Just a Vent/Advice

Discussion in 'Design and Graphics' started by Abraxsis, Jan 18, 2008.

  1. Abraxsis macrumors 6502

    Abraxsis

    Joined:
    Sep 23, 2003
    Location:
    Kentucky
    #1
    OK, as some of you may know Im an Art Director and Design Lead for a toy company. I have been working on a huge packaging set for a high end license for a WEEK. Ive completed 4 different revisions and I keep getting "I dont like it" and zero direction. How does everyone else deal with situations like this? Honestly speaking this is some of my best work ever, and my bosses just keep sending it back cause they have a preconceived notion from the DVD cover of this particular license. See the problem is that this particular movie is 20 years old and high res images to work with is near impossible to acquire other than scans of actual photographs taken during the filming, and so Im limited to what I can do with live action. Beyond that, my bosses just don't understand why it cant be done without destroying the clarity of the images. I know the boss is always right, but what about the cases where they aren't, and refuse to listen to reason? I honestly don't know what to do, any advice?
     
  2. Blue Velvet Moderator emeritus

    Joined:
    Jul 4, 2004
    #2
    You do what they want and you learn to compromise because another piece of work is always just around the corner. Design is for the client, not for artistic self-expression, unfortunately.

    Pearls before swine, we've all been there. Let it go and move on.
     
  3. jerryrock macrumors 6502

    jerryrock

    Joined:
    Sep 11, 2007
    Location:
    Amsterdam, NY
    #3
    Great advice Blue Velvet! I just went through a similar situation and got the same advice.

    "The client is always right, just let it go...."
     
  4. klymr macrumors 65816

    Joined:
    May 16, 2007
    Location:
    Utah
    #4
    It's just as my professor said, as a graphic designer, you pull something out of your own soul that will work with what the client wants. We often aren't like other artists. If we wake up in the morning wanting to paint a purple cow but the customer doesn't want a purple cow, we don't get to draw that cow. We have the challenge of taking our thoguhts and ideas and merging those with our clients thoughts and ideas in a way that others don't have to worry about. It's all part of the work I suppose.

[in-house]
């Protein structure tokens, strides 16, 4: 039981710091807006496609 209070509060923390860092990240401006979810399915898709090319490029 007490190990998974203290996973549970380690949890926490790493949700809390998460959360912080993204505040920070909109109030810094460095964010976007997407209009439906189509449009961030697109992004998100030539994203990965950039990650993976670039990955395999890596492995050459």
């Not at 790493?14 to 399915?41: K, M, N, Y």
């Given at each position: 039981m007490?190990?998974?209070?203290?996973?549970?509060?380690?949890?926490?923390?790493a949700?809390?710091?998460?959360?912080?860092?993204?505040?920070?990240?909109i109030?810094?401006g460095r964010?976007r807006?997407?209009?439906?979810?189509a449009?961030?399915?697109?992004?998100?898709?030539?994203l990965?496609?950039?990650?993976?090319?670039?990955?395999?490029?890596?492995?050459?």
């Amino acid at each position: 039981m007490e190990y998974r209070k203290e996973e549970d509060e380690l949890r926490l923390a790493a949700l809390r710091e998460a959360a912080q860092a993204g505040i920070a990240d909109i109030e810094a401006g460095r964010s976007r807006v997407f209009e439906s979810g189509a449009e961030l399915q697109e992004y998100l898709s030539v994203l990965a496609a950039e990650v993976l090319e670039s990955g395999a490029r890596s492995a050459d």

5. PupnTaco macrumors regular

    PupnTaco

    Joined:
    May 29, 2007
    #5
    Can you demonstrate to them visually why it's important to have clean hi-res source material? Like print out full-size HQ proofs showing the difference?

    You could also request a meeting and tell them that you need more detailed direction on what they expect in order to do a better job.
     
  6. Abraxsis thread starter macrumors 6502

    Abraxsis

    Joined:
    Sep 23, 2003
    Location:
    Kentucky
    #6
    Yes, I realize the whole "boss is always right" but if there is ZERO direction other than "Make it" its just so freaking annoying. If I were freelancing it would be one thing cause I could charge by the hour, but Im burning my normal work hours and because of the deadlines Ive have to let other projects go, which I will get the blame for as well. It just seems completely lose-lose ... the funny thing, this item is a game and I got an email back from the company who did the game engine and they LOVED the packaging. Maybe they'll offer me a job.